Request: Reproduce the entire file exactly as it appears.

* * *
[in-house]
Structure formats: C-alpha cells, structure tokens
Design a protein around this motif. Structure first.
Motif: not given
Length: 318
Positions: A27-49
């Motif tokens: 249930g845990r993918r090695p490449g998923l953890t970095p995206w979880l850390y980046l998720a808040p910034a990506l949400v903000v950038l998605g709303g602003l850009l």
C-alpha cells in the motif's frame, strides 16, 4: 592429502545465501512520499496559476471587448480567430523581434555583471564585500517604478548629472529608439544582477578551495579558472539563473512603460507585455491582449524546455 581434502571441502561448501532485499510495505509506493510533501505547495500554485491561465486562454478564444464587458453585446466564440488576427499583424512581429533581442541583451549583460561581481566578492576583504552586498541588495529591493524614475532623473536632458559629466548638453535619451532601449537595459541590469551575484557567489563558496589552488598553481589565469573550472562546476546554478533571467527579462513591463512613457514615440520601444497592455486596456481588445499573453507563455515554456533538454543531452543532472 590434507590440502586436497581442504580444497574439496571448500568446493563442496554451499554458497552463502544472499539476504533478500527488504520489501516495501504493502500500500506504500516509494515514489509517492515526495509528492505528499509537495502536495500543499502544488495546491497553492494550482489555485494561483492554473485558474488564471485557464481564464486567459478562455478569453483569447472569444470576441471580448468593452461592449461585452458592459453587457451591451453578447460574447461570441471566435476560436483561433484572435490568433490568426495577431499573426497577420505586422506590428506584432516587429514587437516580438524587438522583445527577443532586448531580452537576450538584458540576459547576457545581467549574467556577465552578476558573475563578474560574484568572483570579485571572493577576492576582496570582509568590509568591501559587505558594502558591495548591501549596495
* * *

[in-house]
Structure formats: C-alpha cells, structure tokens
Design a protein around this motif. Structure first.
Motif: not given
Length: 318
Positions: A27-49
């Motif tokens: 249930g845990r993918r090695p490449g998923l953890t970095p995206w979880l850390y980046l998720a808040p910034a990506l949400v903000v950038l998605g709303g602003l850009l």
C-alpha cells in the motif's frame, strides 16, 4: 592429502545465501512520499496559476471587448480567430523581434555583471564585500517604478548629472529608439544582477578551495579558472539563473512603460507585455491582449524546455 581434502571441502561448501532485499510495505509506493510533501505547495500554485491561465486562454478564444464587458453585446466564440488576427499583424512581429533581442541583451549583460561581481566578492576583504552586498541588495529591493524614475532623473536632458559629466548638453535619451532601449537595459541590469551575484557567489563558496589552488598553481589565469573550472562546476546554478533571467527579462513591463512613457514615440520601444497592455486596456481588445499573453507563455515554456533538454543531452543532472 590434507590440502586436497581442504580444497574439496571448500568446493563442496554451499554458497552463502544472499539476504533478500527488504520489501516495501504493502500500500506504500516509494515514489509517492515526495509528492505528499509537495502536495500543499502544488495546491497553492494550482489555485494561483492554473485558474488564471485557464481564464486567459478562455478569453483569447472569444470576441471580448468593452461592449461585452458592459453587457451591451453578447460574447461570441471566435476560436483561433484572435490568433490568426495577431499573426497577420505586422506590428506584432516587429514587437516580438524587438522583445527577443532586448531580452537576450538584458540576459547576457545581467549574467556577465552578476558573475563578474560574484568572483570579485571572493577576492576582496570582509568590509568591501559587505558594502558591495548591501549596495